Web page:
Stepping Back to Reposition: Is it Time to Re-evaluate IA’s Value proposition?
If it’s been said once, it’s been said one hundred times: the current pandemic and its impacts are unprecedented.
In one way or another, all organizations have been affected, given the profound social and economic disruptions COVID-19 has caused. To adapt, organizations may need to rethink part, or all their current business models to maintain their position in the market or to at least be adequately prepared to seize new opportunities. Along the same lines, the internal audit function must also take advantage of this opportunity to step back and review its strategies and ways of doing things in order to stay relevant and provide value-added services. The Chief Audit Executive has a great opportunity here to assume leadership in this regard.
Many agree that this crisis is not only a point of no return, but an opportunity to innovate. A new reality is emerging, and it’s time to adapt. The same is to be said for the role of internal auditing; it will certainly not be the same in the future as it was pre-pandemic. To adjust to the “new” normal, Chief Audit Executives need to consider the following questions:
- What will be the external and internal changes that will impact our organization?
- How will these changes affect our organization’s strategies and business model?
- How should internal auditing adapt to these changes?
- How can internal auditing remain relevant?
- What should internal audit do in the short to medium term?
- What are the relevant emerging risks to consider?
- How can I anticipate what the economic rebound and the future will mean to our business?
One of the best ways to find answers to these questions is to embark on an exercise to revise the current strategic plan of the internal audit function or even, to prepare a new one completely.
Such an exercise allows for in-depth introspection, identification of stakeholders’ perspectives and current trends. It provides a vision, mission and strategic objectives that can be translated into a number of initiatives over the next few years. Specifically, a strategic plan could include the following elements:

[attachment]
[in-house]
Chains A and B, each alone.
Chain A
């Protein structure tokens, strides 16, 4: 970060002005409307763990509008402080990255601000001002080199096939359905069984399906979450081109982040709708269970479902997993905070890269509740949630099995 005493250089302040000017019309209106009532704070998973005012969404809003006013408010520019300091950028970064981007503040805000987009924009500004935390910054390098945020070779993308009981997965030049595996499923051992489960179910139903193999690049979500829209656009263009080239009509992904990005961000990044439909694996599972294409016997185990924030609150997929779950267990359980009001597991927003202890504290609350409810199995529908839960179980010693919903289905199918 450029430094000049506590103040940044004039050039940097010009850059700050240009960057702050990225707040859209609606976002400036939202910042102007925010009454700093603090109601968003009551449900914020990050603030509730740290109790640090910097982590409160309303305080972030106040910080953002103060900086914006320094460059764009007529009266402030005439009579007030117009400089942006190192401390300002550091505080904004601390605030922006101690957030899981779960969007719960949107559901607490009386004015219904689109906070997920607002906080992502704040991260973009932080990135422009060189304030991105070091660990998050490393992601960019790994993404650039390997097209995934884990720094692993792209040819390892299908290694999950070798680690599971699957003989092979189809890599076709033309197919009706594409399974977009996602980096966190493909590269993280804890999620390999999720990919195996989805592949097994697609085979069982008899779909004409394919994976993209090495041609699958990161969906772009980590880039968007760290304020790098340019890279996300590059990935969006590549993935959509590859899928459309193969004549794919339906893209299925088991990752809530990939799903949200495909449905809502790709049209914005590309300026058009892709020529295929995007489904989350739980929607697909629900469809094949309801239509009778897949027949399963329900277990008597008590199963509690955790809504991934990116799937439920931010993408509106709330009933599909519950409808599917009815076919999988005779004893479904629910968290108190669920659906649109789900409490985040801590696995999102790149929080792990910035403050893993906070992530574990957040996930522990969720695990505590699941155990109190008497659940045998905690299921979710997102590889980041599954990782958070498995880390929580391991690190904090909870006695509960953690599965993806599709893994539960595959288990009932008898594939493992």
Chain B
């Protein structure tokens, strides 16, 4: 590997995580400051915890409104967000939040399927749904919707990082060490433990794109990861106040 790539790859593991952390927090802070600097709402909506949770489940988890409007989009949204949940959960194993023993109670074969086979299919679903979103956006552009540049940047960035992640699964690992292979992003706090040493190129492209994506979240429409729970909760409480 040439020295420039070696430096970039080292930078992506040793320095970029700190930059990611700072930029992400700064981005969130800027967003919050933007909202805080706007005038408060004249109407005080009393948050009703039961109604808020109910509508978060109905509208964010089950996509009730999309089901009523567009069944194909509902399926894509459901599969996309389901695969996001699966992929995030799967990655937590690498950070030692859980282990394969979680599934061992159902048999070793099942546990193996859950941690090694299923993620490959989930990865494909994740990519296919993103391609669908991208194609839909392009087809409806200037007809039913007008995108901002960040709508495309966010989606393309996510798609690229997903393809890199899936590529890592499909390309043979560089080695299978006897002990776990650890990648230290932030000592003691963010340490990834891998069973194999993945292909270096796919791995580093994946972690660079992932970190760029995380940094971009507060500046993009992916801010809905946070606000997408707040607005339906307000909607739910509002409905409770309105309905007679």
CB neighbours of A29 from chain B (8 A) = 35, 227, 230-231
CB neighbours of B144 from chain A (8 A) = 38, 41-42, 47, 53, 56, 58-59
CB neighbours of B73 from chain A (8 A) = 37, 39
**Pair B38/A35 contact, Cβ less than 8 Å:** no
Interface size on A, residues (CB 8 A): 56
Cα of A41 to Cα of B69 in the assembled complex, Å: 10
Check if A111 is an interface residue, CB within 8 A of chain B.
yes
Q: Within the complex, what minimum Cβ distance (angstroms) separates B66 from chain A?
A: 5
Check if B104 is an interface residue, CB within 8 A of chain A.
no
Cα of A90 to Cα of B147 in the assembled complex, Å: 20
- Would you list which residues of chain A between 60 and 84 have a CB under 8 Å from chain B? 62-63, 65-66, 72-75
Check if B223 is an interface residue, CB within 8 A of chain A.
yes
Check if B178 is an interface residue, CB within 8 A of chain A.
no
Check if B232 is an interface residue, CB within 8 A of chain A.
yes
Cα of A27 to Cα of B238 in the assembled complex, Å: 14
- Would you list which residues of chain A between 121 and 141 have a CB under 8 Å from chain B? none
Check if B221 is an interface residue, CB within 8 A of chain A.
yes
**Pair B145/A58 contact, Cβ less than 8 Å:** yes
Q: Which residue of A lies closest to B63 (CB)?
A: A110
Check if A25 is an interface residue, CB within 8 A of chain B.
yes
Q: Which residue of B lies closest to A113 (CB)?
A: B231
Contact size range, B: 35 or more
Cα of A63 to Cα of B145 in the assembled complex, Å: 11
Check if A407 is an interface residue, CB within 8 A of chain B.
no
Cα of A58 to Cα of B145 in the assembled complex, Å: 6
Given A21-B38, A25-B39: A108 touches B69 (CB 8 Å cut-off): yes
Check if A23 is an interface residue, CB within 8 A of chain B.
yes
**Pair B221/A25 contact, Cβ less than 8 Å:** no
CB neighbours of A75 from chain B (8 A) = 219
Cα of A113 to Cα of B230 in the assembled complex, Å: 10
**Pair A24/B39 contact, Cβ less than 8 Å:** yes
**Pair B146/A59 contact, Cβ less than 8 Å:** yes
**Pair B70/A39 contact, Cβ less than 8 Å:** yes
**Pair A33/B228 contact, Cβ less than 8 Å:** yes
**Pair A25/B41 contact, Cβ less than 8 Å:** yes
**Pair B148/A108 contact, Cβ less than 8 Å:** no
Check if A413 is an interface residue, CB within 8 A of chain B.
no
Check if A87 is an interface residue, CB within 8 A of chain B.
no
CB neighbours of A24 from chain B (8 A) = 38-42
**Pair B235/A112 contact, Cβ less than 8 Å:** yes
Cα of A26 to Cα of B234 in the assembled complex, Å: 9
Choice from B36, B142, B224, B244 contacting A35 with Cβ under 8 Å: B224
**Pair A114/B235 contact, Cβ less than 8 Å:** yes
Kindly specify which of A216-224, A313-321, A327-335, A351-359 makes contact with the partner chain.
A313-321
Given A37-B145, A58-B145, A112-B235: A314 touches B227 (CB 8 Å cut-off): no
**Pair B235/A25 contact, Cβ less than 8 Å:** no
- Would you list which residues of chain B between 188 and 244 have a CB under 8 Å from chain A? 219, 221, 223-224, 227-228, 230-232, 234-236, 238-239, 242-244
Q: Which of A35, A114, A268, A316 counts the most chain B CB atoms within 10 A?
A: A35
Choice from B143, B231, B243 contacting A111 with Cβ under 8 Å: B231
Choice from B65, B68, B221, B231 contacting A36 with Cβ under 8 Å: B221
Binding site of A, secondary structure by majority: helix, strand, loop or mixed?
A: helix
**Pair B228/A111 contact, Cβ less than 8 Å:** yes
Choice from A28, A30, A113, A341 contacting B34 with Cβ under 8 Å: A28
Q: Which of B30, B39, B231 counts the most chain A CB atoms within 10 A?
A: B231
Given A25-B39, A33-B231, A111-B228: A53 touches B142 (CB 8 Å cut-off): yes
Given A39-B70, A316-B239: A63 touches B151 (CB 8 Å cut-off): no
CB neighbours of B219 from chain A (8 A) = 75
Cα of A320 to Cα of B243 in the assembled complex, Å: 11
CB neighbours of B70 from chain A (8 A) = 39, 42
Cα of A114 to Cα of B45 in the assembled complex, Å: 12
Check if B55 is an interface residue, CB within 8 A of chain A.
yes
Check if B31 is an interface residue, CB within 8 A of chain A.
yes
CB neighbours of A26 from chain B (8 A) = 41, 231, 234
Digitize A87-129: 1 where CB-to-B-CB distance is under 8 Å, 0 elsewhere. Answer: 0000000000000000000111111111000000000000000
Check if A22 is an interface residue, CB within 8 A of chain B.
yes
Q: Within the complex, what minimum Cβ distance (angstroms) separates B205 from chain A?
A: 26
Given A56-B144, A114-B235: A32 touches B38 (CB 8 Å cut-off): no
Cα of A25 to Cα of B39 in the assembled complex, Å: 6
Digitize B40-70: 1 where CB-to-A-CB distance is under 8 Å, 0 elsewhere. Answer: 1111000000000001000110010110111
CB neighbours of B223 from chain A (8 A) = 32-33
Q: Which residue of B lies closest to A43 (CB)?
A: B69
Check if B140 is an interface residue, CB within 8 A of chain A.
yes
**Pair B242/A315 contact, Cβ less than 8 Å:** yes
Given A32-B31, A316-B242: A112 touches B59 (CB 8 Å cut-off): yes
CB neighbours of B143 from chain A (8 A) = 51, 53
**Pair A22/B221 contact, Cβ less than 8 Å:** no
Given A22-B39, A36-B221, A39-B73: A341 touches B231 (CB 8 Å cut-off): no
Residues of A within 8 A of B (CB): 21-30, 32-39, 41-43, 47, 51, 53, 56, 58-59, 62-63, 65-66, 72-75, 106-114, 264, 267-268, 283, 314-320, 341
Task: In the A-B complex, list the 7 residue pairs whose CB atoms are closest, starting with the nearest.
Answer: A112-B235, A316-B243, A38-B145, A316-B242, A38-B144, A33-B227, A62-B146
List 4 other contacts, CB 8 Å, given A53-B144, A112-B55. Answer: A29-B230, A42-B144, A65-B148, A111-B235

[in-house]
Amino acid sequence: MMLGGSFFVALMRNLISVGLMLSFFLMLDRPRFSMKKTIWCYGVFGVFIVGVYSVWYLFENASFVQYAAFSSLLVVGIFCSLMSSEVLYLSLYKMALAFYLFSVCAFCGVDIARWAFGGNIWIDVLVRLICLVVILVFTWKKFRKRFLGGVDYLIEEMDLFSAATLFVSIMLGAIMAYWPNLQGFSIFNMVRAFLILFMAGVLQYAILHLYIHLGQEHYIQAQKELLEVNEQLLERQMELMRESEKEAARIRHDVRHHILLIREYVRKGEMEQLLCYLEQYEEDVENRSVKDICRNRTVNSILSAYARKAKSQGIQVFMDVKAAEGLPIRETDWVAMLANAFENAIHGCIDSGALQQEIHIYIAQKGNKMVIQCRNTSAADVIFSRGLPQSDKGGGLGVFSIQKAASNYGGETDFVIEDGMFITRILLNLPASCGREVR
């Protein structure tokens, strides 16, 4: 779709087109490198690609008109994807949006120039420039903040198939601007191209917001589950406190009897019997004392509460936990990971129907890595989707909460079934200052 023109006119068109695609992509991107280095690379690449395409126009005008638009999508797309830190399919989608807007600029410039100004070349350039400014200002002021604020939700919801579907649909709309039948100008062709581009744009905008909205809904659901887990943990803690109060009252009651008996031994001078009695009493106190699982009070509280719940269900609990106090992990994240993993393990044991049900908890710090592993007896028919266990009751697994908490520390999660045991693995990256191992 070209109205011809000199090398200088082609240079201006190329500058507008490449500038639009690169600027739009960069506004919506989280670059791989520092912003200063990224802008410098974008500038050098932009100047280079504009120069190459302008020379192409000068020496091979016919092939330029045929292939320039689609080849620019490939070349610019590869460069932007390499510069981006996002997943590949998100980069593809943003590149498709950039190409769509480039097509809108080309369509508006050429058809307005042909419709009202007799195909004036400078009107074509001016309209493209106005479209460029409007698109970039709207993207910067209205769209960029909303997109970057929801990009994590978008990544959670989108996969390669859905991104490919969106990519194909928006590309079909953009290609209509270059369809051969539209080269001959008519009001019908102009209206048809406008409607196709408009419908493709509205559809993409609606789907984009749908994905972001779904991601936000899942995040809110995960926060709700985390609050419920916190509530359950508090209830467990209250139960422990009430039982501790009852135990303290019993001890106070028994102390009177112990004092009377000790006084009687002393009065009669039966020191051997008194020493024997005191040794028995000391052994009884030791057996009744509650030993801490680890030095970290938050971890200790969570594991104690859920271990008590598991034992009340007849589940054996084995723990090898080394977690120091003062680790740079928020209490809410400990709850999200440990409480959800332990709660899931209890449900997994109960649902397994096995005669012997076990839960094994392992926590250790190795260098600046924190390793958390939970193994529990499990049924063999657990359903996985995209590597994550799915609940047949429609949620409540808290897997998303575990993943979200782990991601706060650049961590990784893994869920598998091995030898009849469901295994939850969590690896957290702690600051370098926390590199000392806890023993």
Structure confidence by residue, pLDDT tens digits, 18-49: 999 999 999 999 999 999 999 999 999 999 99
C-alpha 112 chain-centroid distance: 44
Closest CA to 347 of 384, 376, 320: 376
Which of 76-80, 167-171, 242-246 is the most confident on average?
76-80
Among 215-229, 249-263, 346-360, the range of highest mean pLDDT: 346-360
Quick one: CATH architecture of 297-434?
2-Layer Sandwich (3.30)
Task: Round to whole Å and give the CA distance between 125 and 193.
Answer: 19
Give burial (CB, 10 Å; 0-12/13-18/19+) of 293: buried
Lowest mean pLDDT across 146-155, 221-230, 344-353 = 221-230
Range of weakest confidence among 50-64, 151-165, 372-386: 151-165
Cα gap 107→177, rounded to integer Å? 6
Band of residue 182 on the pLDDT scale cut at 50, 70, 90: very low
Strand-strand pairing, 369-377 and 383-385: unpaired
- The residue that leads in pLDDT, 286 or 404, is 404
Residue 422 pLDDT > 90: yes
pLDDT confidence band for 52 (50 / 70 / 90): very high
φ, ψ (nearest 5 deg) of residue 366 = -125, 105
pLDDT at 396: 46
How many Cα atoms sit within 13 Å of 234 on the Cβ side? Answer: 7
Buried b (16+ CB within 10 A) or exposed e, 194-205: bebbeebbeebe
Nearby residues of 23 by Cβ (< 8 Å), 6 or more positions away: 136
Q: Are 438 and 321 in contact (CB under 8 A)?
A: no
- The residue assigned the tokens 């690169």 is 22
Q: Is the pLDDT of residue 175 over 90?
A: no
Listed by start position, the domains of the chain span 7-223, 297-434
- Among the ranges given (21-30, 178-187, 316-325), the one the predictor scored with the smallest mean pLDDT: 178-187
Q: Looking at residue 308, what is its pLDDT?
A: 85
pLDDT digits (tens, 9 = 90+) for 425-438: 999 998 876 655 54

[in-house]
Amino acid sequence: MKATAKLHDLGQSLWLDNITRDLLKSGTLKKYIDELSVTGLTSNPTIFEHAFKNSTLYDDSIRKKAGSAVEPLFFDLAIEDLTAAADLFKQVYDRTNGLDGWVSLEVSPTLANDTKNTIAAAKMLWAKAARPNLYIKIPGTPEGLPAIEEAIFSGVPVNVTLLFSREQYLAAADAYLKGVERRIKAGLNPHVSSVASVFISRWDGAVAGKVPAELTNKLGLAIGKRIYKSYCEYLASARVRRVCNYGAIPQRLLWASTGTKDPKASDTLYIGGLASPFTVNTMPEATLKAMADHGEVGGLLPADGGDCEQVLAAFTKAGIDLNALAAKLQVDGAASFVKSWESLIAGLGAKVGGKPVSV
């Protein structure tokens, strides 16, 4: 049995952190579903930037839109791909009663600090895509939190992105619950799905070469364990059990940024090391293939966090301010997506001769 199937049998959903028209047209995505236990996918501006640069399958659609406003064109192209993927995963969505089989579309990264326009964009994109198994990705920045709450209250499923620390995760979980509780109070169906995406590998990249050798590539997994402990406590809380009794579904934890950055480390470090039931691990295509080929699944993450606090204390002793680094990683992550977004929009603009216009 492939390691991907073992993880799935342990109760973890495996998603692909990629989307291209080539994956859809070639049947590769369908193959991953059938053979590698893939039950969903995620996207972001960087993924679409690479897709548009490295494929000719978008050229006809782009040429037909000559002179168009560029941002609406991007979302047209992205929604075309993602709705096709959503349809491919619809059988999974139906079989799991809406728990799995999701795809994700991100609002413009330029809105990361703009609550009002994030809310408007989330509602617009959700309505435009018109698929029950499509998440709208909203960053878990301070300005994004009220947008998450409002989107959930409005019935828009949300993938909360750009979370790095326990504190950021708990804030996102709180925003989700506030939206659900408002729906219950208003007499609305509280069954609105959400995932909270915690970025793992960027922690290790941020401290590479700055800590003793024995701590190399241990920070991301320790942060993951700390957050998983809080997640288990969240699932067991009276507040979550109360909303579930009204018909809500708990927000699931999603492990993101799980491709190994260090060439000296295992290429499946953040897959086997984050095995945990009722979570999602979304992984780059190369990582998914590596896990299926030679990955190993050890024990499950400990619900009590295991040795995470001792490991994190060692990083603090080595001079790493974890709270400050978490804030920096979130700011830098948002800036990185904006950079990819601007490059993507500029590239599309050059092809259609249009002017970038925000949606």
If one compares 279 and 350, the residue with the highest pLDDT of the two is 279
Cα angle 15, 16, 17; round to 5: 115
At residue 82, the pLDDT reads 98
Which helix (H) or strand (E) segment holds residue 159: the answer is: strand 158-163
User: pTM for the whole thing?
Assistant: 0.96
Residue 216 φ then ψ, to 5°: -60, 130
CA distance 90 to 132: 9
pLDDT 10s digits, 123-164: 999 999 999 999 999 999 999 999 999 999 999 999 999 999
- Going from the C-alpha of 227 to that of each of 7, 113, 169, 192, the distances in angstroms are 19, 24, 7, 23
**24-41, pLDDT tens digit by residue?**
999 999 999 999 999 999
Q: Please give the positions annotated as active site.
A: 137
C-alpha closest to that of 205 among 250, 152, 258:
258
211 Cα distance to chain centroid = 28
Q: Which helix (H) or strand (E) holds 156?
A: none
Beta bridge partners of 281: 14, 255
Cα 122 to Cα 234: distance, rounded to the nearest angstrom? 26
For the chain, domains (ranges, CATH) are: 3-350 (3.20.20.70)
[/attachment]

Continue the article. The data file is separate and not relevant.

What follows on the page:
The preparation or updating of such a plan requires the involvement of all members of the internal audit function and a strong commitment to change the status quo. The internal audit innovation component should play a prominent role in this exercise to identify new ideas, new ways of doing things, or simply different ways to improve the existing situation.
Several aspects need to be challenged to ensure that internal audit functions can seize opportunities to do better, more effectively, and with continued relevance.
The functions are also called upon to reflect on concepts of agility and to introduce positive elements of agility into their methods, starting at the strategic planning stage. When looking back on the strategic plan, why not use the information inputs available to enhance or modify the initiatives previously identified and work in tune with the organizational reality!
The strategic plan is the pillar that will enable all members of the internal audit function and its stakeholders to rally around clearly established common goals. The internal audit strategic plan is the backbone for the preparation of an audit plan that will be supportive of the organization. Alignment of the strategic plan with the audit plan is essential. Without a documented strategic vision, the audit plan loses its relevance.
How can Richter help?
- Diagnostic of the internal audit function;
- Preparation of the strategic plan;
- Benchmarking exercises;
- Input toward best practices and trends;
- Analysis of the impacts of the pandemic crisis on your strategic plan;
- Training, working sessions and workshop facilitation.